Hooe described WWDMAGIC as one of her most important international trade shows due to its central location and international buyers who book well in advance. She is also pleased that accessories' upswing has earned the category a separate location in the Hilton, where retailers can really concentrate. "We see more traffic every year," she said.

Steven MacPhail, vice president of sales for Landes Canada, a vertically integrated belt manufacturer in Quebec, reported that WWDMAGIC generates the highest trade show sales for the company. "It's head and shoulders above the rest," he said, adding that the company is projecting to add 75 to 100 new accounts between WWDMAGIC and East Coast shows.

More interest in belts as fashion, premium denim and better product are fueling sales, according to MacPhail, who estimated that Landes Canada's sales will increase 25 percent in 2006. He noticed a surge beginning last spring, especially with the influx of new buyers who weren't carrying the category before the trend.Reaching multiple price levels, the company produces BeltShak, its most financially successful collection of denim-friendly junior styles, wholesaling from $12 to $28; Landes Commercial, a contemporary collection driven by color, hardware and textured leathers, for $12 to $25 wholesale, and Landes Signature, a pricier collection ordered by high-end stores like Neiman Marcus and Stanley Korshak in Dallas, for $45 to $95 wholesale.

Leaders in Leather, a multiaccessories company in Austin, Tex., woos its accounts with strong branding and soft skins, according to sales manager Christine Mikulencak. "It's all about luxury. People want rich, supple leather that gives products that wow factor," she said of designer Ricardo Zuniga's use of napa leather this season.

Slouchy hobos and larger bags wholesale from $85 to $160, while belts with tooling and contrast whipstitching average $15.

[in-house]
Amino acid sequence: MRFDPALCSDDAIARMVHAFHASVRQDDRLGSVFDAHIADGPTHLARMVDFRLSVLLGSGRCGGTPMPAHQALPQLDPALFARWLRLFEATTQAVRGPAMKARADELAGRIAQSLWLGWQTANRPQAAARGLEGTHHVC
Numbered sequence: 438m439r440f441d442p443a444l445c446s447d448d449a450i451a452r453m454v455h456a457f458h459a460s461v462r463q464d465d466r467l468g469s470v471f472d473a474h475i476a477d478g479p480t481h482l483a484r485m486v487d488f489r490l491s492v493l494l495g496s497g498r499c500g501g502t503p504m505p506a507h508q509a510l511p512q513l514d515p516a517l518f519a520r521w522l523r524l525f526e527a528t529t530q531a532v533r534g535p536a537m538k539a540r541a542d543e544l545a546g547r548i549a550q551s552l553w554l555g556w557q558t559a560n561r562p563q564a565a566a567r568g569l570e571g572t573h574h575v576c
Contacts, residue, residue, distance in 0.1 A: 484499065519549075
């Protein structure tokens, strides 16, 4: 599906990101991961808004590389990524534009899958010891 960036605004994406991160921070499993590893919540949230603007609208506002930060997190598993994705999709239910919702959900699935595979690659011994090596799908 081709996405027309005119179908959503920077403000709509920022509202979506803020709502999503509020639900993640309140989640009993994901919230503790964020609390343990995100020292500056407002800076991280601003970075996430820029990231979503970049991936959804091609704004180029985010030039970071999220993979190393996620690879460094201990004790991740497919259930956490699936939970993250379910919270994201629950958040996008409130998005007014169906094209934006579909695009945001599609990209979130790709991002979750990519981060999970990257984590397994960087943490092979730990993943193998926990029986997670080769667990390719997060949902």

In addition to 4,000 U.S. accounts, including Parisian and Spiegel, Mikulencak plans to open approximately 20 new accounts at WWDMAGIC. With its diverse crowd and Las Vegas setting, the show is pivotal, she said. "We did so well the last MAGIC that I'm very pumped for this round," she said.

Accounting for 25 percent of annual orders, WWDMAGIC is Miami-based handbag firm Murval's top show, according to president Bruno Zerdoun. Despite the company's success, he hopes WWDMAGIC organizers will base exhibitor layout on price and quality in the future.

"Buyers may not be attracted to walk down an aisle if there are less expensive or knockoff vendors next to established brands," said Zerdoun.

To deter knockoffs, Murval patents designs in Europe, which, unlike the U.S., allows for such patents, displays new merchandise on its Web site close to WWDMAGIC dates and develops and quickly changes themes that aren't trendy or long-lived enough to encourage mass production, said Zerdoun. Overhauling collections twice per year and keeping retail prices below $50 has garnered Murval 8,000 U.S. doors since its inception in 2001.

"The handbag market is fairly saturated now, but good design will ensure who stays and who goes," he said.